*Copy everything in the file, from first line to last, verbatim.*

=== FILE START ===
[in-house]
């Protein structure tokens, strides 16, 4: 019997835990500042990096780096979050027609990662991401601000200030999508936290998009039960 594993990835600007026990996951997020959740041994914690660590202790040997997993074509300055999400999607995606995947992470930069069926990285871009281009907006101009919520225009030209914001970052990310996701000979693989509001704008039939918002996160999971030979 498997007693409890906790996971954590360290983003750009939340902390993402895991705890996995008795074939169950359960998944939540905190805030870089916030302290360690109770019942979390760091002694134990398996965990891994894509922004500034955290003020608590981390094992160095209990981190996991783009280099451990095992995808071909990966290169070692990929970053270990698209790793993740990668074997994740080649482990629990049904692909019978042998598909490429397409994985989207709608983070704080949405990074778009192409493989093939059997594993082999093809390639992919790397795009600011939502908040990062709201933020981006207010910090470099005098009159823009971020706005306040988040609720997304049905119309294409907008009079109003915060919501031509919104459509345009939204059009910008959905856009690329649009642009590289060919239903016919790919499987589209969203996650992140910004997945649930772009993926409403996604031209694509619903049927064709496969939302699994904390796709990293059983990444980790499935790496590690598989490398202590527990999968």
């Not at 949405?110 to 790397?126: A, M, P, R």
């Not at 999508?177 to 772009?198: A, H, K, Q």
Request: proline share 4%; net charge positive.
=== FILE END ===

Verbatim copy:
[in-house]
């Protein structure tokens, strides 16, 4: 019997835990500042990096780096979050027609990662991401601000200030999508936290998009039960 594993990835600007026990996951997020959740041994914690660590202790040997997993074509300055999400999607995606995947992470930069069926990285871009281009907006101009919520225009030209914001970052990310996701000979693989509001704008039939918002996160999971030979 498997007693409890906790996971954590360290983003750009939340902390993402895991705890996995008795074939169950359960998944939540905190805030870089916030302290360690109770019942979390760091002694134990398996965990891994894509922004500034955290003020608590981390094992160095209990981190996991783009280099451990095992995808071909990966290169070692990929970053270990698209790793993740990668074997994740080649482990629990049904692909019978042998598909490429397409994985989207709608983070704080949405990074778009192409493989093939059997594993082999093809390639992919790397795009600011939502908040990062709201933020981006207010910090470099005098009159823009971020706005306040988040609720997304049905119309294409907008009079109003915060919501031509919104459509345009939204059009910008959905856009690329649009642009590289060919239903016919790919499987589209969203996650992140910004997945649930772009993926409403996604031209694509619903049927064709496969939302699994904390796709990293059983990444980790499935790496590690598989490398202590527990999968």
């Not at 949405?110 to 790397?126: A, M, P, R």
């Not at 999508?177 to 772009?198: A, H, K, Q």
Request: proline share 4%; net charge positive.